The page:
However, I would argue that given the structure of the American economy, there isn’t necessarily a tradeoff between systemic repair and immediate relief, if constructed properly. If we look at the U.S economy as a jobs-producing engine over the last half-century, then it becomes clear that the U.S economy has really never produced enough jobs to create full employment (taking William Beveridge’s classical definition of about 3% unemployment), with three exceptions: the early 1950s, the mid-to-late 1960s, and a close miss in 1999. Moreover, if we think in terms of living wage jobs, the picture becomes even more bleak: the proportion of working poor people in the labor market has averaged about 5.5% of the workforce for the last twenty years, despite a brief dip below 5% in 1999. In other words, the U.S labor market is structurally flawed – this goes way beyond cyclical crises caused by recessions.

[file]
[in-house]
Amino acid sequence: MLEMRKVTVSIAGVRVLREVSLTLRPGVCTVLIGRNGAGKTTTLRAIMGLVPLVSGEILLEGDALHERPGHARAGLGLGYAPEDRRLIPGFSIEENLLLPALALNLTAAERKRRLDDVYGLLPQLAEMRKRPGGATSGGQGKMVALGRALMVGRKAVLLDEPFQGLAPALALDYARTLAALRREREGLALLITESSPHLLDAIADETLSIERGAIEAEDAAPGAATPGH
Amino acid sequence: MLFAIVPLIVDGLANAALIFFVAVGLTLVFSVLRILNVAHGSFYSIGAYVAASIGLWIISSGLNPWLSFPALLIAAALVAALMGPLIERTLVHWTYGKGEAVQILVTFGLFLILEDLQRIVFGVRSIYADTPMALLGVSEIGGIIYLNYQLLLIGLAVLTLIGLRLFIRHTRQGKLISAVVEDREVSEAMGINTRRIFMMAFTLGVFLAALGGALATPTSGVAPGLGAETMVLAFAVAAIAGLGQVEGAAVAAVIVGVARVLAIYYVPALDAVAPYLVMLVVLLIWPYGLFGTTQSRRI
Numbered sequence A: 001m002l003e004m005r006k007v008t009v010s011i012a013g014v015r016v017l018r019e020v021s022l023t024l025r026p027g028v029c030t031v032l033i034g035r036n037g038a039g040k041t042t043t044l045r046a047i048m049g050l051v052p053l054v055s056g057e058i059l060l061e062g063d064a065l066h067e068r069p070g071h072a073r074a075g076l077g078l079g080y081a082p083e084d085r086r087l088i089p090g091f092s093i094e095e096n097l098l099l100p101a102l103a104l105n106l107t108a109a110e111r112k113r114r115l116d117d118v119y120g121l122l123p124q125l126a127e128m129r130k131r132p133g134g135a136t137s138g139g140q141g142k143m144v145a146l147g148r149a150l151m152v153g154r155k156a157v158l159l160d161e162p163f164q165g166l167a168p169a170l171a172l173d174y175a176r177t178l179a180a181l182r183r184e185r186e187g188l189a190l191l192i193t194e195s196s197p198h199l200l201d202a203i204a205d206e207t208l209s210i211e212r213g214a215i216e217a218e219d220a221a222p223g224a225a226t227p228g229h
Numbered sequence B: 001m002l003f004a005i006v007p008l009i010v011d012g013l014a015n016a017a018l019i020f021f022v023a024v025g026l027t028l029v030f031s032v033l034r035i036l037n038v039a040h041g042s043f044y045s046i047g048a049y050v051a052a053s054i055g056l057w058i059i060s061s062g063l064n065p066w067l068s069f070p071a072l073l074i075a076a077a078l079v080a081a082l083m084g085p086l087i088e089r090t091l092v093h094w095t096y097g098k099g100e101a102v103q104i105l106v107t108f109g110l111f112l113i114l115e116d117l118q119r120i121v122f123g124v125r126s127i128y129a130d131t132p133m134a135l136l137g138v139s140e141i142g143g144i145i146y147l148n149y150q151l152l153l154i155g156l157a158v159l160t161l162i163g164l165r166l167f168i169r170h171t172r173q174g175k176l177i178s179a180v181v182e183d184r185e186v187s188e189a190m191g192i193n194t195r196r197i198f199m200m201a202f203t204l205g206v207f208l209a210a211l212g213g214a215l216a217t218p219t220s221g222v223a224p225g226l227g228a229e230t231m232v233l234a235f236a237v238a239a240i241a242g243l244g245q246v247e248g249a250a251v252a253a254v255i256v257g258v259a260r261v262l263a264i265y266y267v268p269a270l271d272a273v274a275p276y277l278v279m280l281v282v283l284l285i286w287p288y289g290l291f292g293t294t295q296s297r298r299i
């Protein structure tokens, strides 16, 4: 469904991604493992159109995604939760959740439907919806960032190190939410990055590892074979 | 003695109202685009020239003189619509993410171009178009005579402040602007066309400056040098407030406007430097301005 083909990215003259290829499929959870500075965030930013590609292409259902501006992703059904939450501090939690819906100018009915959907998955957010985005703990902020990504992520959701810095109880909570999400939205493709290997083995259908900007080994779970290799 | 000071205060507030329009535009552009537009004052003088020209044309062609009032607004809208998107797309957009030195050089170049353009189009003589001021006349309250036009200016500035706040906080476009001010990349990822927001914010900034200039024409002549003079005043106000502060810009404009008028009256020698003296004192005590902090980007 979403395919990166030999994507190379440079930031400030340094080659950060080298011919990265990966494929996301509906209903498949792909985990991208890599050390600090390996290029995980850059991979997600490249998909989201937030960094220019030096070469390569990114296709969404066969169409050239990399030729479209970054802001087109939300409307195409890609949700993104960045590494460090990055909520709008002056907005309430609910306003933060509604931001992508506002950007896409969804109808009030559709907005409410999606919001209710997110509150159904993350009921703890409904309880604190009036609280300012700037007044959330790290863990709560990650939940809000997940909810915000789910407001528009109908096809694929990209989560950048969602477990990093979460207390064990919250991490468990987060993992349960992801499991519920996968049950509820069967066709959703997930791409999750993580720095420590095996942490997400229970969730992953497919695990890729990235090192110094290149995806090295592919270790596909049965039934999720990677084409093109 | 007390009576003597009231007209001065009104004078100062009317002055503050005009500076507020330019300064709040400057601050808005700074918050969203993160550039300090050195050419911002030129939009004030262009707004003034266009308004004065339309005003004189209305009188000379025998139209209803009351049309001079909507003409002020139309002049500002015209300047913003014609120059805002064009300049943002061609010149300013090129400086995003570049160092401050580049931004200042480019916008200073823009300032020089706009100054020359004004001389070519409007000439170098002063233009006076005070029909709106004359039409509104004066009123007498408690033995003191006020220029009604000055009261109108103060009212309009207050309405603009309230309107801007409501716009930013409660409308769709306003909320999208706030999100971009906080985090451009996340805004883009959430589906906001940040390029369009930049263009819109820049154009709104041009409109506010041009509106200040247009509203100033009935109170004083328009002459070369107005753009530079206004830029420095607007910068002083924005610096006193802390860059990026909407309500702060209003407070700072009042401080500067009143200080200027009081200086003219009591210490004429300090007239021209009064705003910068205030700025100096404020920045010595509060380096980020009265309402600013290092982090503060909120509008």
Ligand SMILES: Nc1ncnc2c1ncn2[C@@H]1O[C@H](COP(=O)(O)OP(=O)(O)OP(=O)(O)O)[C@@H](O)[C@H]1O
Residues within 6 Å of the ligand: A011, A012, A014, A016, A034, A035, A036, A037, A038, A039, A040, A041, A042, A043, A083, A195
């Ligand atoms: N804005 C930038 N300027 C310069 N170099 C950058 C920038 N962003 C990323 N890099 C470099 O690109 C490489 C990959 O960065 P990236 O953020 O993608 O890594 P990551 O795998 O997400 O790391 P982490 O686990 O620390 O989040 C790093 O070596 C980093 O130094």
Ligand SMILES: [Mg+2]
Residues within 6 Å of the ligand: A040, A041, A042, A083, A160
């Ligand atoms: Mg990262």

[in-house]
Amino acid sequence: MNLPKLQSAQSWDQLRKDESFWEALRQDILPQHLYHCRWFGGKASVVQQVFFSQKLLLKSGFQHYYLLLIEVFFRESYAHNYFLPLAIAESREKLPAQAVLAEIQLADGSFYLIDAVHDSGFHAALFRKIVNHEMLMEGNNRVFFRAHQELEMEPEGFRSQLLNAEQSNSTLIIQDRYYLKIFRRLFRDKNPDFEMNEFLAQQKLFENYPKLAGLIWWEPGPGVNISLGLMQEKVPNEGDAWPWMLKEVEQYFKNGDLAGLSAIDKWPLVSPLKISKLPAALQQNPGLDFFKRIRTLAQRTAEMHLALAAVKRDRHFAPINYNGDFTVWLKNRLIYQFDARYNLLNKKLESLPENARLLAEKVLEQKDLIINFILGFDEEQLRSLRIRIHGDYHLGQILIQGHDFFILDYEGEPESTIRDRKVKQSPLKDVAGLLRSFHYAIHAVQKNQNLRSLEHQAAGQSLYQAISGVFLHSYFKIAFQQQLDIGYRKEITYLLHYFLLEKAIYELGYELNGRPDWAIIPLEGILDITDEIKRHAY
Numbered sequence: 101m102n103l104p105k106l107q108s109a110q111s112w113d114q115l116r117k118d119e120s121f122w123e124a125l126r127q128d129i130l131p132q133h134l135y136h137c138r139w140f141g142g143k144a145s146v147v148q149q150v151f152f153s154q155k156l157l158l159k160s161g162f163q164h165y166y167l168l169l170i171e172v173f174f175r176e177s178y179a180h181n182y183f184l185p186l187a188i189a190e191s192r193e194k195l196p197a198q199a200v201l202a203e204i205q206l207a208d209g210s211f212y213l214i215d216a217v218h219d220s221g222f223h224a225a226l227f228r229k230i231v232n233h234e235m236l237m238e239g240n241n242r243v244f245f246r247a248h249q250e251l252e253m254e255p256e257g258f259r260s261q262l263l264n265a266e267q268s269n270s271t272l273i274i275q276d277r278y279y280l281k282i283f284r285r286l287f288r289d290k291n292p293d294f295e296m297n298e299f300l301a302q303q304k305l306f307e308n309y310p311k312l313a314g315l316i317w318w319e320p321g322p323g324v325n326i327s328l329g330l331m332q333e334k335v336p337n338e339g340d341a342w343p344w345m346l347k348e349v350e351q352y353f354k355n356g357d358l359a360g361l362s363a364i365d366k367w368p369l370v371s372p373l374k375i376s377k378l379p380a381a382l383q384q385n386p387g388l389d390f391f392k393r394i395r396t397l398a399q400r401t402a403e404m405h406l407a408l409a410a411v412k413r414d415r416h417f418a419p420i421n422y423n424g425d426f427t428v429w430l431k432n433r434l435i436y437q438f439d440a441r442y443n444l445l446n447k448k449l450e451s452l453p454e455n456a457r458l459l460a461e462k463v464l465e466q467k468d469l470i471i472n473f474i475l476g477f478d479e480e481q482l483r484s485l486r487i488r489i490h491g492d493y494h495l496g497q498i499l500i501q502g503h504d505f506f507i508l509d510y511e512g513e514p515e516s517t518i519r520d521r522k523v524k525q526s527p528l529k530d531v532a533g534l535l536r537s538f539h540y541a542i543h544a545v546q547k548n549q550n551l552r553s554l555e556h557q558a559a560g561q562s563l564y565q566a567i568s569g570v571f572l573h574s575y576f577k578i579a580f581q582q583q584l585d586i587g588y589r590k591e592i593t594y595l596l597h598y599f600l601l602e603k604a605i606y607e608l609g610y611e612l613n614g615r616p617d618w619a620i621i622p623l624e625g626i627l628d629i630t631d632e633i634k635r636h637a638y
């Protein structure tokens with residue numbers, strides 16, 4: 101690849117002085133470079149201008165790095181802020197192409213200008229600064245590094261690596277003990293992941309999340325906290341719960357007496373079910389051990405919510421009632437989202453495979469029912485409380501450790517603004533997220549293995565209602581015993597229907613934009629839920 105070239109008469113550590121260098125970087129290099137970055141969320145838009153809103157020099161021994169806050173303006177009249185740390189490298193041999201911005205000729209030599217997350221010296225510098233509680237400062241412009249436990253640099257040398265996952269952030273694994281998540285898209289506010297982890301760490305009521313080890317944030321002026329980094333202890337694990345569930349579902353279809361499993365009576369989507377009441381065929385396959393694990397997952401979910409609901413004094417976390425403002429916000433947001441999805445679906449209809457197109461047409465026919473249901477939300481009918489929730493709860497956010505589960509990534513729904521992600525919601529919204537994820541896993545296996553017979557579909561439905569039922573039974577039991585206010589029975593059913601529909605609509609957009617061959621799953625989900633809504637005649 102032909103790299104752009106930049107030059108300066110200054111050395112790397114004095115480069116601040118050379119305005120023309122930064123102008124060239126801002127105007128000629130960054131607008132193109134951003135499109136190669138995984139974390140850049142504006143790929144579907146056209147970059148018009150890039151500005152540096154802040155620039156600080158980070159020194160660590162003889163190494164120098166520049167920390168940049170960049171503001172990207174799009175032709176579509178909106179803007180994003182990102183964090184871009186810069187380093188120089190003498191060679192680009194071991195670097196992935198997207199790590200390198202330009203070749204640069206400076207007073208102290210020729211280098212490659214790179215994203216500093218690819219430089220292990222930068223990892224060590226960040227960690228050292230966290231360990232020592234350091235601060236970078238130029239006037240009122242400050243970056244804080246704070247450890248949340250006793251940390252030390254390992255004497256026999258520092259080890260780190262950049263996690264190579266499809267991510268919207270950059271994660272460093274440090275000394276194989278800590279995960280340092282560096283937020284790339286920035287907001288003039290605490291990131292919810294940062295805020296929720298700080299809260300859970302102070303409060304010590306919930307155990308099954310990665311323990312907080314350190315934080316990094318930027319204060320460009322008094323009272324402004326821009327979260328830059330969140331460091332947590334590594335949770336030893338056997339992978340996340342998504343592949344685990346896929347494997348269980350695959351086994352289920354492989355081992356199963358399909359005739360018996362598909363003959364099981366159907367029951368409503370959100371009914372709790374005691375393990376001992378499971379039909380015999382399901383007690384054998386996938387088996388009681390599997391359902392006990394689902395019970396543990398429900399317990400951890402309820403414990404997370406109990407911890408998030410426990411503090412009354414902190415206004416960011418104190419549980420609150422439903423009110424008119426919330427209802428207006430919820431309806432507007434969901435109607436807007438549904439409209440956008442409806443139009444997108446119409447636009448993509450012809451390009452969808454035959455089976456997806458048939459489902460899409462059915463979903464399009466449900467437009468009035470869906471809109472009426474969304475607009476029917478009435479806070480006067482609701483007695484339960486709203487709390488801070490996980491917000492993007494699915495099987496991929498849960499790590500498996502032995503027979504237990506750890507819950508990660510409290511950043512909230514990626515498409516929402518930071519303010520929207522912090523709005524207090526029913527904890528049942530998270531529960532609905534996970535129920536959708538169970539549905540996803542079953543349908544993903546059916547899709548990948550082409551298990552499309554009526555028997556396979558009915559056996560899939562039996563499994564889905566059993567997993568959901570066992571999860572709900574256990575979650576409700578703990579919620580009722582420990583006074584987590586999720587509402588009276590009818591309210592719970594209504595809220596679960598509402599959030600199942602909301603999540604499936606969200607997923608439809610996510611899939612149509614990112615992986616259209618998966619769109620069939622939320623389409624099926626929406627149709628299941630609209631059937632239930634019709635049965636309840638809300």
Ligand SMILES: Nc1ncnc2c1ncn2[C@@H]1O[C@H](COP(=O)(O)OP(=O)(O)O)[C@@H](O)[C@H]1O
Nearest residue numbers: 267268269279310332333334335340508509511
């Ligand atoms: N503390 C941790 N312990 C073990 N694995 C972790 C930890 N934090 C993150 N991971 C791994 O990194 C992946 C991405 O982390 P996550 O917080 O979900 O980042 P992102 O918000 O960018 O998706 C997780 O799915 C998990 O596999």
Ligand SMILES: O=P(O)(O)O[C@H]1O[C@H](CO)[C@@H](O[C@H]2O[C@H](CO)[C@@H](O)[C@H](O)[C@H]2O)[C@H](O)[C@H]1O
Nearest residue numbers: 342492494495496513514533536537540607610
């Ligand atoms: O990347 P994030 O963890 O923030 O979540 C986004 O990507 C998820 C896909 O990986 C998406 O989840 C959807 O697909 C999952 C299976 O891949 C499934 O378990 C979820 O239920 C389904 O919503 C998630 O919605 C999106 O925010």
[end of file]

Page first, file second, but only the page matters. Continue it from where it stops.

The weakness of the U.S labor market, although cushioned at times by various bubbles and hidden beneath cheap credit, has made the wider economy less robust and arguably more prone to recessions. When you combine less than full employment with declining worker bargaining power, one of the things that results is stagnant and declining wages – which increasingly has become the case even in recovery periods, as productivity completely diverges from compensation. Over the long-term, what this means is that the U.S economy has been trying to support ever-increasing production with a static or even shrinking consumer purchasing power, one that increasingly requires debt to maintain current living standards.